Oolong tea, or Wu-long can best be described as a type of tea ‘between green and black tea’. The withered leaves from the tea plant (Camellia sinensis) go through an oxidation process similar to black tea, but with a shorter oxidation process. The degree of oxidation determines if the oolong will be closer to green tea or to black tea. A longer oxidation process (known as the fermentation process) will result in a darker tea (more like a black tea), and a shorter oxidation process will result in a lighte tea (more like a green tea). The degree of oxidation can range between 10 to 90 % depending on the variety and production style.

Different varieties of oolong are processed differently, and the leaves are typically formed into one of two distinct styles; rolled into long curly leaves, or 'wrap-curled' into small beads with a little ‘tail’.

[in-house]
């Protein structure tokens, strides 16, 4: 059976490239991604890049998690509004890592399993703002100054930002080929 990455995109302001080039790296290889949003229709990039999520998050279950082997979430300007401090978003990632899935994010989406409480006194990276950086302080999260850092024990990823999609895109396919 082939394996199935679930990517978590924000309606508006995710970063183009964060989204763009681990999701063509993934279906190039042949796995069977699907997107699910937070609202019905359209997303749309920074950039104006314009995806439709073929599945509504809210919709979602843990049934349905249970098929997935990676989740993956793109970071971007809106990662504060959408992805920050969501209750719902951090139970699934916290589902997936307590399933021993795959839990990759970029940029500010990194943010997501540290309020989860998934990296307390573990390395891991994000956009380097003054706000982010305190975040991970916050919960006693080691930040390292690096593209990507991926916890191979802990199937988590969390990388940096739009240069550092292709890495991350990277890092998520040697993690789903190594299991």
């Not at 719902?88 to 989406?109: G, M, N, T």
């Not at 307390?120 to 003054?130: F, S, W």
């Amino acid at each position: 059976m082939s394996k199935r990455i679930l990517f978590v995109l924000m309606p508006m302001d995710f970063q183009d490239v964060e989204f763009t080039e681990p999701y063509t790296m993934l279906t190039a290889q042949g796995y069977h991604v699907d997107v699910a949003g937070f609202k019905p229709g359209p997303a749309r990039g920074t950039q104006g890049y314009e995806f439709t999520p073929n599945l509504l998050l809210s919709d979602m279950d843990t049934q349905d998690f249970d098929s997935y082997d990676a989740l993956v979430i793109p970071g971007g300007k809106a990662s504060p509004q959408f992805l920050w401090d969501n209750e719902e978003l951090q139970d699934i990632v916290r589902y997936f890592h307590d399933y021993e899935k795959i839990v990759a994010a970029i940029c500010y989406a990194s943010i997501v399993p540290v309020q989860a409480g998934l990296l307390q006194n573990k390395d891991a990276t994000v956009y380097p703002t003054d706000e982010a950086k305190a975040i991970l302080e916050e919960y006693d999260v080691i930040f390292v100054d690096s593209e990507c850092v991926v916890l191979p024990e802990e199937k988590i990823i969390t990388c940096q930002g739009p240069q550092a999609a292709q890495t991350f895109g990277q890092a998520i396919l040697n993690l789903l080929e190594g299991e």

The taste of oolong ranges amongst various subvarieties. The flavours can be sweet and fruity with honey aromas, or woody and earthy with roasted aromas, or green and fresh with flowery aromas, all depending on cultivation and style of production.

Oolong teas are mainly produced in Taiwan and China. The Taiwan oolongs are generally more floral and sweeter in taste and the Chinese oolongs are often stronger tasting with a more earthy, roasted taste.

The name oolong comes from Chinese and means ‘Black Dragon’.

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